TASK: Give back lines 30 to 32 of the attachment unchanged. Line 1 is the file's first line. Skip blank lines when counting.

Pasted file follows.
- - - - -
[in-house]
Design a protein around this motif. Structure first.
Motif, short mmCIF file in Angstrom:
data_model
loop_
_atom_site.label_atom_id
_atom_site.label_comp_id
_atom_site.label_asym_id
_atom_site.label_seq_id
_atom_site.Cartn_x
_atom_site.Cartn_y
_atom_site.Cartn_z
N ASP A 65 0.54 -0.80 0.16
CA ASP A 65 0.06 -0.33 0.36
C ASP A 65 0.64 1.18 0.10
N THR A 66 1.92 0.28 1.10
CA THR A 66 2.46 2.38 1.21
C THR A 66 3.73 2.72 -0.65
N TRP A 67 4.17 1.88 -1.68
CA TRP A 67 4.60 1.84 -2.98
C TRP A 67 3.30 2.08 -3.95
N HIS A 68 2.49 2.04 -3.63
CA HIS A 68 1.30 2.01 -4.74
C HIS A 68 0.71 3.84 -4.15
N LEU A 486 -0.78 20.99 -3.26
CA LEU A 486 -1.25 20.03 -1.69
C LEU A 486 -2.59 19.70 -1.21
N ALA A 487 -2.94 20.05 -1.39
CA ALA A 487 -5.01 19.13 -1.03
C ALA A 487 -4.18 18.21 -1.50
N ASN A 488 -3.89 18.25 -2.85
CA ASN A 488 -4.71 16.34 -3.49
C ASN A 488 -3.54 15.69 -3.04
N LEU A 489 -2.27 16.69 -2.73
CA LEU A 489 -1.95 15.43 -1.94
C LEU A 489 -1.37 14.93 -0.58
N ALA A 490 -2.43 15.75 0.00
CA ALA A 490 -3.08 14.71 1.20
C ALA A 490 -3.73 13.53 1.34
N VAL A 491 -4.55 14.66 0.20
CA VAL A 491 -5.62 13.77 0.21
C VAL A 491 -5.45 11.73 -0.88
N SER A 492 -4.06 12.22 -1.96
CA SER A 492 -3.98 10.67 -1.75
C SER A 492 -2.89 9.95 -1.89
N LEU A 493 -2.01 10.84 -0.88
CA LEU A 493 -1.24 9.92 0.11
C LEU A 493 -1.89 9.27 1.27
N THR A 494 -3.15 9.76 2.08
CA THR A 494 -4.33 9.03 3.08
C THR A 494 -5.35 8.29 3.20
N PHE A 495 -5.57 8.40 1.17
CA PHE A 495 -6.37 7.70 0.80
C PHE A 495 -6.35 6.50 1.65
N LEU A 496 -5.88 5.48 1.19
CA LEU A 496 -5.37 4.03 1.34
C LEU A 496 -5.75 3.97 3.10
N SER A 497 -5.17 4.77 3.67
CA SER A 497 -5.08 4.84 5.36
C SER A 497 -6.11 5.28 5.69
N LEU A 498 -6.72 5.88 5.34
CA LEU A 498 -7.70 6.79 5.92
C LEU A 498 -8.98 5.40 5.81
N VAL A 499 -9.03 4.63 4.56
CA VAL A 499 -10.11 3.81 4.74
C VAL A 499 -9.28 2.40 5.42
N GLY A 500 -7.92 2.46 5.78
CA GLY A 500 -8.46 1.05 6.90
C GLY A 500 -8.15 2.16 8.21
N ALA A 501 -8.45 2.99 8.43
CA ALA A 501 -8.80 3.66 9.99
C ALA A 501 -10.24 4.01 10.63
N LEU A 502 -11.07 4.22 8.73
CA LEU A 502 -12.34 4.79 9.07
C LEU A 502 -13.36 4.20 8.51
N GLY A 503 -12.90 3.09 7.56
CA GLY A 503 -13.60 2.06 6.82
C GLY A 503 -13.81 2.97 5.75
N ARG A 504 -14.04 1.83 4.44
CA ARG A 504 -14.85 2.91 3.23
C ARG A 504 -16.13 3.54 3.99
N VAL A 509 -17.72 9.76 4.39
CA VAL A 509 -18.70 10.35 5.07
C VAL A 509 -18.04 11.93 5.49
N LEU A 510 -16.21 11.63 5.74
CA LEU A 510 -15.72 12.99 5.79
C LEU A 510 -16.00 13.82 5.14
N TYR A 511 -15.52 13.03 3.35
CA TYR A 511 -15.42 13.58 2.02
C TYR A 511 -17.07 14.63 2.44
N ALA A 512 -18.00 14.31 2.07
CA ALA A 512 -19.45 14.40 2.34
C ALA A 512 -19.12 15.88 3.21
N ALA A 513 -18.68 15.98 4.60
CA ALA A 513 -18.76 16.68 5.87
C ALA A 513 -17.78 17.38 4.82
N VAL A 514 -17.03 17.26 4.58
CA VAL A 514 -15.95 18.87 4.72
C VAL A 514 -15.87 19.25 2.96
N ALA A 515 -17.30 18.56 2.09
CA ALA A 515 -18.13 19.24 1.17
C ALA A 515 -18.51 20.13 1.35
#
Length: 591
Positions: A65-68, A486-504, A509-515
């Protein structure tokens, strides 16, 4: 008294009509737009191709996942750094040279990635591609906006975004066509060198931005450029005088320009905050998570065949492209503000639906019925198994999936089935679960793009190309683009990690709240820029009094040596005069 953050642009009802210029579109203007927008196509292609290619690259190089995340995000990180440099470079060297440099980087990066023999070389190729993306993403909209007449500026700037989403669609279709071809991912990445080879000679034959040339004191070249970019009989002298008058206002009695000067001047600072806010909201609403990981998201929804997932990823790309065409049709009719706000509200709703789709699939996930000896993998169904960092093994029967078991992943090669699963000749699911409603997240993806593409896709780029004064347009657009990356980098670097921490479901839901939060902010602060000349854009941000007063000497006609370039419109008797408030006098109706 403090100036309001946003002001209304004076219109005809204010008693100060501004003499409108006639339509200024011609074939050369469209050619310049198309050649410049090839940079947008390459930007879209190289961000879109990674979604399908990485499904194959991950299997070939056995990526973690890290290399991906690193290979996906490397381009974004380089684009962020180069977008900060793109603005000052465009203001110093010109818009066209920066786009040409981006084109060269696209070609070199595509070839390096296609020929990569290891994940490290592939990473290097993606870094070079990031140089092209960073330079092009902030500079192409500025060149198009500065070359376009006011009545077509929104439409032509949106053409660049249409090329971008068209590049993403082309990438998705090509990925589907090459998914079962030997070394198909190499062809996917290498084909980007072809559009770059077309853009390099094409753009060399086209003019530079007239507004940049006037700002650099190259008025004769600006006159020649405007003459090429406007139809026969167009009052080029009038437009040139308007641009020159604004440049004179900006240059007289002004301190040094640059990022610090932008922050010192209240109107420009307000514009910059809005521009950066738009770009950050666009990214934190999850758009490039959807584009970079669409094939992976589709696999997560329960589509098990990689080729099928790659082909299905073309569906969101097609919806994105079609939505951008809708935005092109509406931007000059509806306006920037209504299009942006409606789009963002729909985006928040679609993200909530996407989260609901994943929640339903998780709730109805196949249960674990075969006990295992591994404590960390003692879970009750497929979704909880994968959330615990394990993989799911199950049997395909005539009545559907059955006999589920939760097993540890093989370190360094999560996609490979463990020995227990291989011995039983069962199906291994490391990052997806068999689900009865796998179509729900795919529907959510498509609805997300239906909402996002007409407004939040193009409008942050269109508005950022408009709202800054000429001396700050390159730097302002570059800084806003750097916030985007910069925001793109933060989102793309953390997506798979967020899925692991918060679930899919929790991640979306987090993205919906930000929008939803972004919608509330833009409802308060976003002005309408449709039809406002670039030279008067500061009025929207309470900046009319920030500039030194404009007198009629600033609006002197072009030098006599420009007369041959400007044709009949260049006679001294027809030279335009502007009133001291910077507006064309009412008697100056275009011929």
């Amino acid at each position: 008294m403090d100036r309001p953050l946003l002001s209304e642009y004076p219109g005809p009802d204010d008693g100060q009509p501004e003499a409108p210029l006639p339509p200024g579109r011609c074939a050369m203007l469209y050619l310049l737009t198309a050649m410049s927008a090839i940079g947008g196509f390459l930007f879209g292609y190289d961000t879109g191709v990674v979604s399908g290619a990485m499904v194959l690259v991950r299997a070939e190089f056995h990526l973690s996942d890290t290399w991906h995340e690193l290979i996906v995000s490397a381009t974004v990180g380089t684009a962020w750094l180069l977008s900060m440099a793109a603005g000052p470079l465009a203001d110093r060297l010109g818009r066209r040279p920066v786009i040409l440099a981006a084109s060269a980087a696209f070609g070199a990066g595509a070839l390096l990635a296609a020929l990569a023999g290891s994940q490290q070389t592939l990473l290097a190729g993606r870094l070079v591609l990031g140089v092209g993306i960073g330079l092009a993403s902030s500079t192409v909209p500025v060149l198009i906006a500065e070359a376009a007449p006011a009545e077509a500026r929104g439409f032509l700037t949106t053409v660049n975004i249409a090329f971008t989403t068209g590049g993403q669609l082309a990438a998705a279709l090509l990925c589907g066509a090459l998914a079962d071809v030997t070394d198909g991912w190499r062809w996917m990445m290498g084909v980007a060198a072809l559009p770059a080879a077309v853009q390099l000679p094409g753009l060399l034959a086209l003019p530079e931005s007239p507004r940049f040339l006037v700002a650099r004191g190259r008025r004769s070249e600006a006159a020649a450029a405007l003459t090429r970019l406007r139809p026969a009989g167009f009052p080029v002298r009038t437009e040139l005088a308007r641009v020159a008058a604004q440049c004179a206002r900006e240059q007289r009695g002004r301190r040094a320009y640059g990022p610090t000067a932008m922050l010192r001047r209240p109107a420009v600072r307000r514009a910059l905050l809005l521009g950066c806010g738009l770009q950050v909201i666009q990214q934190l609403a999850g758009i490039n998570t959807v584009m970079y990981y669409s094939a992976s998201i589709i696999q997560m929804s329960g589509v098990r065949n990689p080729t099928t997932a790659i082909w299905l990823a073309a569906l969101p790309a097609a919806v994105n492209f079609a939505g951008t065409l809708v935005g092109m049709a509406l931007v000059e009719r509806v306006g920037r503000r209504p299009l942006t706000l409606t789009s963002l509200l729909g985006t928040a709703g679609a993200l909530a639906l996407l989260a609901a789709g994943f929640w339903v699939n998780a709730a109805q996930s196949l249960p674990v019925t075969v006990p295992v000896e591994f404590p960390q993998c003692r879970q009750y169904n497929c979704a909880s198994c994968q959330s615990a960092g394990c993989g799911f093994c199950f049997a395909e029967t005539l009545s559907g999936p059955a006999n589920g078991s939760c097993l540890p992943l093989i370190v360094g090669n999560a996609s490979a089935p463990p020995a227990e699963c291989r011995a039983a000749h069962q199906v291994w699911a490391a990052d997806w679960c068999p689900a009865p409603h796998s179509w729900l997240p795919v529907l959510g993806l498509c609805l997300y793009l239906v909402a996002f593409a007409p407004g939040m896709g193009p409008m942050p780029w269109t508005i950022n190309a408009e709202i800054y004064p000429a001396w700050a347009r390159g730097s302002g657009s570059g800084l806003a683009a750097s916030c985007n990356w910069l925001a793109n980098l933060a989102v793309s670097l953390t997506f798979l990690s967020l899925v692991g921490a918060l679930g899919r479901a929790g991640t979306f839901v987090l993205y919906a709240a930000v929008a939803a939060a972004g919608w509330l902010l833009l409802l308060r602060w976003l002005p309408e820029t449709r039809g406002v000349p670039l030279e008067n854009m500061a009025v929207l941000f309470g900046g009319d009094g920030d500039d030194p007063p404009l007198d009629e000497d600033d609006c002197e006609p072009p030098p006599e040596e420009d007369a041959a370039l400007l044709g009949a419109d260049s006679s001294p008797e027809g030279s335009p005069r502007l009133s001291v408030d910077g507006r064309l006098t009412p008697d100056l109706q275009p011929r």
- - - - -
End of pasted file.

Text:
C ALA A 487 -4.18 18.21 -1.50
N ASN A 488 -3.89 18.25 -2.85
CA ASN A 488 -4.71 16.34 -3.49